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# Solar Cell Glass: Hardness of glasses

## Solar Cell Glass: Hardness of glasses

(OP)
Hello,

I am choosing glasses for a novel solar cell design, and part of the criteria is if the glass will be able to withstand hail and other things (?) falling from the sky, since this glass will be the cover glass for the entire solar cell. I can gather information on the glass including Knoop/Moh's hardness, Young's modulus, etc., but 1. I'm not sure which of these structural properties translates to being able to withstand things like hail and 2. If it's hardness, how hard is hard enough/how can I determine this?

Any help is greatly appreciated. Thanks.

### RE: Solar Cell Glass: Hardness of glasses

It is a combination of strength (proportional to hardness) and the structural stiffness of the entire unit.
If it flexes you can't make it strong enough, you need a balance of the two.
But fist you should be looking at the optical properties of the glass, you don't want to block usable wavelengths of light.

= = = = = = = = = = = = = = = = = = = =
Plymouth Tube

### RE: Solar Cell Glass: Hardness of glasses

(OP)
Thanks. I am looking at a wide variety of properties with the glass, including transmission range, transmission percent, thermal conductivity, etc. The one I don't know is how to determine if it will withstand hail or anything like that. The cell is only 5x5 cm so it doesn't need to support that much weight, but I just need to know about how the hardness translates to ~~"resistance to being destroyed by hail."

### RE: Solar Cell Glass: Hardness of glasses

Well, seems to me that you want to define what the hail looks like, before you can determine whether you'll survive an impact. What impact velocities, etc.? What statistical percentage of impacts to survive?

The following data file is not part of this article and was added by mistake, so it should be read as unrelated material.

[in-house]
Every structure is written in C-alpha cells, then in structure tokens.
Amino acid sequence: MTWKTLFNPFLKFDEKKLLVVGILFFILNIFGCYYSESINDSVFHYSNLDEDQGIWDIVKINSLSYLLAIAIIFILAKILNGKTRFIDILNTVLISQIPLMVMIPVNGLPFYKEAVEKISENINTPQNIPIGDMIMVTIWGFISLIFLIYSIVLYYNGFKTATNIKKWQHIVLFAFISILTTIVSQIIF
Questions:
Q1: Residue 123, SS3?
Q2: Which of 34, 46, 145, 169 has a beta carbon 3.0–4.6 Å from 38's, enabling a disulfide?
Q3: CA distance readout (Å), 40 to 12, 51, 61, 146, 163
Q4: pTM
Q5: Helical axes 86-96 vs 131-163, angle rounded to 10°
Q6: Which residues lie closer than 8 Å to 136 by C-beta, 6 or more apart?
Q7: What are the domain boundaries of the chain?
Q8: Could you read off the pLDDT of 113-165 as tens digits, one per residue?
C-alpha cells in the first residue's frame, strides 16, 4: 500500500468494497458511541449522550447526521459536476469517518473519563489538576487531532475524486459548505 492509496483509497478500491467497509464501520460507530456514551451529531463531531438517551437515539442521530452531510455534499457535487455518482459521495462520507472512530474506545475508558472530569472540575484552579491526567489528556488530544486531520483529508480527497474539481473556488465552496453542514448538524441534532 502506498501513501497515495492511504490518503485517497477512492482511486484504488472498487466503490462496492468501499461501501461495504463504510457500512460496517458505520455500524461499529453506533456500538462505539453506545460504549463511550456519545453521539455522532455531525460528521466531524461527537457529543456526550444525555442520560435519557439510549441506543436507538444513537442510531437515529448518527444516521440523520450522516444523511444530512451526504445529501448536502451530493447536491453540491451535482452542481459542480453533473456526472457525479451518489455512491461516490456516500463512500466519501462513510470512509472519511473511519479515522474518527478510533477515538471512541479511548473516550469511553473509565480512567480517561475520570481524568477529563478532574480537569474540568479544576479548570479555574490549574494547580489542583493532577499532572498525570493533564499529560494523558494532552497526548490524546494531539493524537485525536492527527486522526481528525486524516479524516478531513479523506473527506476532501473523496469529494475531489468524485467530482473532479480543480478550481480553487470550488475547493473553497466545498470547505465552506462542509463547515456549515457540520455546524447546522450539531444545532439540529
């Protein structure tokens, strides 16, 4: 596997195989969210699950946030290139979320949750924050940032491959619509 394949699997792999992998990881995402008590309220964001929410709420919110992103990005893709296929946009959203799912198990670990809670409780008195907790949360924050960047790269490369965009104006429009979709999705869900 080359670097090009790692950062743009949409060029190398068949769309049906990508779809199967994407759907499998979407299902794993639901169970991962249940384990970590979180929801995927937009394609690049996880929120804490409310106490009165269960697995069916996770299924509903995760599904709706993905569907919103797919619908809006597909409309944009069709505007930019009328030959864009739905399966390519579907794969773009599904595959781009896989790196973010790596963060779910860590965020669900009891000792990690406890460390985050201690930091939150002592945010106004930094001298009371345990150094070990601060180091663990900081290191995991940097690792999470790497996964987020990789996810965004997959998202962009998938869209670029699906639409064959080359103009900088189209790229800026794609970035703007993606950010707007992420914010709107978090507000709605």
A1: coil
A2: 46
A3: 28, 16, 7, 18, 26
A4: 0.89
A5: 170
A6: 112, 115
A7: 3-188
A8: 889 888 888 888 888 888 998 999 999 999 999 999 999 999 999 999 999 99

If it's only 5 cm across, then the obvious answer is to increase the thickness of the glass. A 1/8-inch thickness would probably resist the majority of impacts, barring those that would crush everything around your solar cell. Note also, the smaller gap between the cell and the cover glass, the less opportunity for breaking the cover glass.

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### RE: Solar Cell Glass: Hardness of glasses

nickfarfol,

The short answer is that there is no single property like hardness or modulus that translates into x amount of resistance to hail. Impact conditions, whether it is from hail, a dropped hand tool like a hammer, or something else entirely, is a complicated, dynamic event governed mostly by fracture mechanics. Fracture of brittle ceramics like glass depend a great deal on the presence of microscopic flaws, and designing for impact either requires knowledge of the statistical distribution of these flaws (within a part, lot-to-lot variation, etc.) or considerable product testing under realistic conditions.

### RE: Solar Cell Glass: Hardness of glasses

Look for tech information by John Pepi who has studied this topic re damage to glass
separate comment: I do not think there is usually a gap above the solar cell, clear adhesive used

### RE: Solar Cell Glass: Hardness of glasses

Which structural property?

Impact testing.

Something along the lines of ASTM F3007 (though it's specific to architectural laminated glass, it gives you the idea. Drop a steel ball from a known height and see what happens!)

### RE: Solar Cell Glass: Hardness of glasses

Way late to the discussion here, but:
- you want glass both as thin as possible and low iron for optical performance
- tempering will increase impact resistance, as will chemical strengthening. Tempering is much cheaper.
- Partly in response to the needs of the solar industry, the tempering machines now available are designed for thin glass. I don't have a number at hand, but I believe they can temper down into the 1-2mm thick range for relatively large panels.
- Alumina silicate glass with chem strengthening like Gorilla or Willow glass would be the Cadillac for this application, but is likely to an order of magnitude more expensive than tempered soda lime glass.

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